“Anybody who tells you money is the root of all evil doesn’t fucking have any.” – Jim Young (Ben Affleck, Boiler Room, 2000)
When I was coming up my mother was always badgering me to be polite, respectful, and use my manners around adults. I learned one evening that “having respect” also meant “not talking about money”.
We were sitting around the table getting ready for dinner and I asked my mother how much money she made. After absorbing a swift back-hand from “Mum”, I quickly realized that THAT question was not a question that was “respectful”.
You didn’t ask: “How much?”, because, for us, it wasn’t very much. You didn’t ask: “How much?”, because someone else may have a lot. The respectful way to go about that question in my head was to not ask it.
“You don’t talk about money, it’s not polite.” she said. From that moment on we NEVER spoke about it. We didn’t have it so we didn’t worry about it. As a matter of fact, we didn’t even learn about it. Money was bad. No, money was EVIL.
I never believed in that ideal.
Money buys shoes, money buys food, money buys transportation, money buys a home for your family. Shit, the last time I checked those are all pretty legit needs for a human being. So how is money the root of all evil?
After I got my government required education I enrolled in an institution that was a little bit tougher. A lot of my peers, and even some of you readers may have also attended. It was called the “School of Hard Knocks“. And I promise you that it was the toughest education that I ever received.
Now, when attending the “School of Hard Knocks” the Admission Department (life) will tell you that tuition is FREE. It’s not. As a matter of fact, that may have been then most expensive tuition bill for schooling I ever received.
One of the courses I failed while furthering my education was Finance 101.
One fateful day, at the ripe old age of 22, the car business came calling. I was so excited to have a real job with real potential. I was finally going to earn the one thing that had eluded me my entire life. Money.
I’m sure that you can imagine that a 22 year old who knew NOTHING about money was super frugal, right? Right.
The first thing I did, after I passed my employment test, was purchase a new car (I had already purchased a home when I had a modest salaried position.).
On my 90th day, at 10pm at night, we were closing the dealership down. I stopped by my boss’ desk and asked if I had done a good enough job to be kept. (I HOPED that I already knew the answer to that question.)
After a few minutes of him stroking my ego and telling me how much potential I had in this business, I popped the question.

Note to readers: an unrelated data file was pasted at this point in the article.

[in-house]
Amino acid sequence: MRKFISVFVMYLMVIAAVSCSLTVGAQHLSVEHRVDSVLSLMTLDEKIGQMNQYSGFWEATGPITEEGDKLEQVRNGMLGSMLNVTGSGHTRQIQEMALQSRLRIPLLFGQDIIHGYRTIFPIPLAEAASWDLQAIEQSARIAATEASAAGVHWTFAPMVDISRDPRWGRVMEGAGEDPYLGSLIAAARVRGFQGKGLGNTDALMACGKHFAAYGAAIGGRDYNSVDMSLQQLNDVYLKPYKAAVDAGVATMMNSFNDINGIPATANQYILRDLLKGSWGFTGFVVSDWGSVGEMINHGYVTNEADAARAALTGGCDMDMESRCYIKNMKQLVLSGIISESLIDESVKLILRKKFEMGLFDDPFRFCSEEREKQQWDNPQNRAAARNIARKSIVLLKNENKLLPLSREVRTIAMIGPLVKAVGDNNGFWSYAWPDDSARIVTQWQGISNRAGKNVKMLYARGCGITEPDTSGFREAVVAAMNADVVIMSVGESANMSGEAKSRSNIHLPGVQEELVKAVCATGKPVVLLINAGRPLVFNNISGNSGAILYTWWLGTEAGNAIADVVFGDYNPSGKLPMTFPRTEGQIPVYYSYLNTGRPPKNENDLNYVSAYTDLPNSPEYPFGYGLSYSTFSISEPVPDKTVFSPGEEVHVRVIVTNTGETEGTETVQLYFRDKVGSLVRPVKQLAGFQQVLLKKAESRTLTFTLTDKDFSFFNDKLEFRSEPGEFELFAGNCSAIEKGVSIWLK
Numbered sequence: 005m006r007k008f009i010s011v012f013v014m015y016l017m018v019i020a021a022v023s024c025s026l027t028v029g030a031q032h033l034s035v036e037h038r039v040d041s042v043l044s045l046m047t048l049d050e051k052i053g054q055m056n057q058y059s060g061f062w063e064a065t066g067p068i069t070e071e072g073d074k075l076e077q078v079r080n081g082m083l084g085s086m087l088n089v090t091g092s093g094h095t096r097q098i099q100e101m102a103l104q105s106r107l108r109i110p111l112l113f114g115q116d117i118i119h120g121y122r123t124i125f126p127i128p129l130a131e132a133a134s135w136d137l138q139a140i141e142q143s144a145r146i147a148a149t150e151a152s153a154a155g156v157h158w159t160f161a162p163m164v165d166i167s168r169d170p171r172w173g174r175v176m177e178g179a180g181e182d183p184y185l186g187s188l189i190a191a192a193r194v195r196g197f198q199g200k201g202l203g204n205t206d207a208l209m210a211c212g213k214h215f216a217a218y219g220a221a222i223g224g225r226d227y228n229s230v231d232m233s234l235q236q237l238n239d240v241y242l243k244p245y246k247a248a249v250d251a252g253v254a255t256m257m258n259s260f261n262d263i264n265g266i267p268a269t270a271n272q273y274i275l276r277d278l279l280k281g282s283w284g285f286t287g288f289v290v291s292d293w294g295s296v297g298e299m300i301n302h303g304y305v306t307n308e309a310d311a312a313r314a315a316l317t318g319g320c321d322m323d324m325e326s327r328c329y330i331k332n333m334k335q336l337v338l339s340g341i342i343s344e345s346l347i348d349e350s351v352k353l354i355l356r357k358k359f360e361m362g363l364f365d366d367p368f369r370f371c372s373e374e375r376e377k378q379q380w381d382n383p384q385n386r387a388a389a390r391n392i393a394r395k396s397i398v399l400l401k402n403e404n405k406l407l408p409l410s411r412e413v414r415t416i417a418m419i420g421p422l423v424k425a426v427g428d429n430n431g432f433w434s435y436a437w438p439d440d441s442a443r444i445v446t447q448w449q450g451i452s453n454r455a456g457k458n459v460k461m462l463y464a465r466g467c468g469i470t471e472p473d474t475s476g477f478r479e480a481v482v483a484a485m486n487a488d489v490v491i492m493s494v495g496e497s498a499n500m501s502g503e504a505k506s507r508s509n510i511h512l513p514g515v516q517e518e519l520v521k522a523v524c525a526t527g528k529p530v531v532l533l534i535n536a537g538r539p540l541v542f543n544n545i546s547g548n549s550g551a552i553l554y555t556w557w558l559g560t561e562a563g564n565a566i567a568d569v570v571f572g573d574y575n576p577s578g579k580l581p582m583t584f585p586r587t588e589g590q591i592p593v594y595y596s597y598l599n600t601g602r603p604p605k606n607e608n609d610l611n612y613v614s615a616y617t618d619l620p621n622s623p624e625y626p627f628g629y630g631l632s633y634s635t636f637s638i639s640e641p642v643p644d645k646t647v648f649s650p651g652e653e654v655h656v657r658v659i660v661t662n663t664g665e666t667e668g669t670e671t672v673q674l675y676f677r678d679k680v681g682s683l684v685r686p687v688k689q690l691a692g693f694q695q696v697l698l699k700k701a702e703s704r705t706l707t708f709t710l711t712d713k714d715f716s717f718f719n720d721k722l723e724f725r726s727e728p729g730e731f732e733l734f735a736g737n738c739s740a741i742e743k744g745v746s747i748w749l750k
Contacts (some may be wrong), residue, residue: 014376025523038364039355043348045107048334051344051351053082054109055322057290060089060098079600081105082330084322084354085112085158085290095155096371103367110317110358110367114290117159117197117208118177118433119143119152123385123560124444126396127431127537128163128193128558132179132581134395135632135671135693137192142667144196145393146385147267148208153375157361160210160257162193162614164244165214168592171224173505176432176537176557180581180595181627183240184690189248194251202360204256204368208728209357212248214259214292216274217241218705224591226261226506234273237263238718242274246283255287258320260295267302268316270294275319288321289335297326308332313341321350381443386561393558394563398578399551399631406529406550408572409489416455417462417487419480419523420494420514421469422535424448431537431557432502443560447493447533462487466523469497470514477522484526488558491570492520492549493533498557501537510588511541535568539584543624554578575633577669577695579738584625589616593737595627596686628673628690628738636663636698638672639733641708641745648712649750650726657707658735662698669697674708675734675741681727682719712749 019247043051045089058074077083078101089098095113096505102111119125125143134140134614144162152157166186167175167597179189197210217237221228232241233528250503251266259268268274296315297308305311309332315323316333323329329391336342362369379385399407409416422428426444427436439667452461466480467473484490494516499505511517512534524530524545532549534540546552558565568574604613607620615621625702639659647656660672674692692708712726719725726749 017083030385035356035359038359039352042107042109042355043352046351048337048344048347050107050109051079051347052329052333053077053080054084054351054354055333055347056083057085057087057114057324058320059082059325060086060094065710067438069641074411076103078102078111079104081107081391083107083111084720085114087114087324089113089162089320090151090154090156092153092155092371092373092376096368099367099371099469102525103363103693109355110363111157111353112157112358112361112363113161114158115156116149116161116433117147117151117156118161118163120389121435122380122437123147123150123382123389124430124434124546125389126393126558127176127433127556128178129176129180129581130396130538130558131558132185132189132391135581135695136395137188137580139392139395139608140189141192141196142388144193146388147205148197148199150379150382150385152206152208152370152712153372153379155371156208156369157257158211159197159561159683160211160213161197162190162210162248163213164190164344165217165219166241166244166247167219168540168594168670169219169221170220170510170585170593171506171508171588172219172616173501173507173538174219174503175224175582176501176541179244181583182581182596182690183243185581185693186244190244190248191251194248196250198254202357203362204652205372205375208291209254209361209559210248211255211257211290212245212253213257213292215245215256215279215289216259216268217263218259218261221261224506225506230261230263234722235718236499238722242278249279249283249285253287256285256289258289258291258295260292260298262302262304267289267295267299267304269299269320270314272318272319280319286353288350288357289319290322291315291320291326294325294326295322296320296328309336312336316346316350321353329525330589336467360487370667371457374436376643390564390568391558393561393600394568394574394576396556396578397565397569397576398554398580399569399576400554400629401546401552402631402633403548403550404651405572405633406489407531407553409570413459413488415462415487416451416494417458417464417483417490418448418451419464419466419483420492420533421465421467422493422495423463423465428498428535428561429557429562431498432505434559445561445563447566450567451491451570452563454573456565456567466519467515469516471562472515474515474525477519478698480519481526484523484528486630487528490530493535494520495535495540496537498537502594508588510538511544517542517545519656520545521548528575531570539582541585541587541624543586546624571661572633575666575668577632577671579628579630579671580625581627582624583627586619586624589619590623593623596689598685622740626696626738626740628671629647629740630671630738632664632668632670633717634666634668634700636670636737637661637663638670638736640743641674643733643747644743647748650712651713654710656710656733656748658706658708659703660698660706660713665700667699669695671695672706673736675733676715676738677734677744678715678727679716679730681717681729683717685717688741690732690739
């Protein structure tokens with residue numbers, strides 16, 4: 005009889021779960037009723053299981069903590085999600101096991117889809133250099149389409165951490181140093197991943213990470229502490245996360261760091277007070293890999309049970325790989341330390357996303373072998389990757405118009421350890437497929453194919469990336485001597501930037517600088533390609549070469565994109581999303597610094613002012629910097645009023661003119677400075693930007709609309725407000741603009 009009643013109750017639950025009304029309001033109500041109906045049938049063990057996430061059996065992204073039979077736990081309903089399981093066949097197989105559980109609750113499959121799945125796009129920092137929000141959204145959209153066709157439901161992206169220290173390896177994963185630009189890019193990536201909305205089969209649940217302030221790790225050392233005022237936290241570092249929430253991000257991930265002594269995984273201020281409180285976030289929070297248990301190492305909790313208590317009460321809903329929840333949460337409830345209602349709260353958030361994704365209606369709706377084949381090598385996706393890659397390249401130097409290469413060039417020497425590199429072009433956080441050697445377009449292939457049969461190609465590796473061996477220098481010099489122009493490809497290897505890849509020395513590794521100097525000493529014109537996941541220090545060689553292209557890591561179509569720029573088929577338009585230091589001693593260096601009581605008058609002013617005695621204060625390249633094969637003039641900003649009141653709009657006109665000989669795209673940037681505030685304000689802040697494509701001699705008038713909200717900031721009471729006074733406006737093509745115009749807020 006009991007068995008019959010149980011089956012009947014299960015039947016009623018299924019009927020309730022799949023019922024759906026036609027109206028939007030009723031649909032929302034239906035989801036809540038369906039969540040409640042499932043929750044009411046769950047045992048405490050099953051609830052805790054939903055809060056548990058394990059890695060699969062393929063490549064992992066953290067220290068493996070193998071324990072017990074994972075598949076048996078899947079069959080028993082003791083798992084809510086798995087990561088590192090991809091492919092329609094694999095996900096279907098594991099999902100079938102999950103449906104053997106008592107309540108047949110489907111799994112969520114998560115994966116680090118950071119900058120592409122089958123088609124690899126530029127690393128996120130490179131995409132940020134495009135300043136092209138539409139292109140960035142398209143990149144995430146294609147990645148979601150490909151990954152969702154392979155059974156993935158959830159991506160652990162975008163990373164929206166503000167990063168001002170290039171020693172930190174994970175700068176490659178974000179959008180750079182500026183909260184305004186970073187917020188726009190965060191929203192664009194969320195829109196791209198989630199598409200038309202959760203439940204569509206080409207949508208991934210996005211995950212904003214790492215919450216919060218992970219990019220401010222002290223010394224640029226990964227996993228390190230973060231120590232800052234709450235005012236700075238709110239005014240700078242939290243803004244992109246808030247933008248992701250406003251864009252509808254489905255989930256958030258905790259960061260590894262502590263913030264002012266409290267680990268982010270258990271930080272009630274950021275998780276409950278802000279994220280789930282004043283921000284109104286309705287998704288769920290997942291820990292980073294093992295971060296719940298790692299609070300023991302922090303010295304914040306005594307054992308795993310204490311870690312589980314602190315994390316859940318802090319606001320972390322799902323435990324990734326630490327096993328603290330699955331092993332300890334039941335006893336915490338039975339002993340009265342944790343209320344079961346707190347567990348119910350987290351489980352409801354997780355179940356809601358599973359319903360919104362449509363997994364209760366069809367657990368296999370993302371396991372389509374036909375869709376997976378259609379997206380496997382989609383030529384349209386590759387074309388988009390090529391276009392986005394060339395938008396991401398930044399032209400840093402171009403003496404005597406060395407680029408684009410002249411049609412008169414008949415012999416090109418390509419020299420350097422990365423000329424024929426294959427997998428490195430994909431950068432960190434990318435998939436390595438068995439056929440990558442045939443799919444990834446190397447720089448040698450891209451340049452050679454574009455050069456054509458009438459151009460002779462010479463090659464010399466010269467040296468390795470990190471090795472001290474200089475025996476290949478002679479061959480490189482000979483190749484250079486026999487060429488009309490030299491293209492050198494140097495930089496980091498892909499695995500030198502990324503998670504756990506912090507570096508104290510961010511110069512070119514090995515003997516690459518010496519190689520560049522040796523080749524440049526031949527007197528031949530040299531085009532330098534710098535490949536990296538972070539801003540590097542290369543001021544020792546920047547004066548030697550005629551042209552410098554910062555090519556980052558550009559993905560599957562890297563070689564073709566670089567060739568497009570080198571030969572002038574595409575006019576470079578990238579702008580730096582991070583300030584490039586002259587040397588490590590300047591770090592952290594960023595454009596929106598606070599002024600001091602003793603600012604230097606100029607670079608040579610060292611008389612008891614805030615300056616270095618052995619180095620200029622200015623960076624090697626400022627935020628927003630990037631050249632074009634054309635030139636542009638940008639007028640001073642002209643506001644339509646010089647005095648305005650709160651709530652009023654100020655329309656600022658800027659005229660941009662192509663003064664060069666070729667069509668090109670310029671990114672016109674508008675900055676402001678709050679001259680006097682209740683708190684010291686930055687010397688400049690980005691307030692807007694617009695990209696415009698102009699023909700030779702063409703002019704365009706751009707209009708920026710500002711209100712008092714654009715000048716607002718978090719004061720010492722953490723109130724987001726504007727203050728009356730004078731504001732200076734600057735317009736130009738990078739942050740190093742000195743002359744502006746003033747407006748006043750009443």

“Great. Thanks.”, I said. “Do you think you can work me up a lease on a new Durango before we leave?“.
He kind of looked at me, stunned for a second, and then smiled a sly, half confused smile.
“You do realize, that in this business, we have to save for nine months to pay for three. Right?“.
I shook him off (like I had passed finance). After all, having a one year old, a house, and a new car (that had a payment four times the size of any car payment I ever owned) was no big deal. I was a goddam Car Salesman!
I was now the PROUD owner of a 2004 Dodge Durango. Not a single one of my friends, outside of the car business, owned a house or a new car. I was the cat’s ass.
Eighteen months later I filed bankruptcy.
The moral of the story, for me at least, is that money isn’t scary. Money isn’t evil. Money makes the world go ’round.
Don’t believe me? Do yourself a favor and tune into MSNBC one night after the stock market closes. You will see that NOTHING moves in this world without the transferring of “The Almighty Dollar”.
After I flunked out of LIFE I made a promise to myself: Earn more money.
I have been on that quest ever since. I have had bumps in the road, and tough times since, but I focus my life around the ability to earn money.
Before you freak out, I will agree, money does not buy “happiness”, but it buys all the things that make me happy. It does not buy love, but it lays a good foundation for relationships to flourish. Money cannot mend a broken heart, but it can buy a gallon of Jim Beam.
Money is a tool, and we need as many tools as possible to live a happy and secure life. It may even be the most important tool in our belt to conquer the struggles we encounter in our journeys.
Learn about it, earn as much as you can, and share it with those who aren’t as fortunate as you. THAT is not evil.
“The lack of money is the root of all evil.” -Mark Twain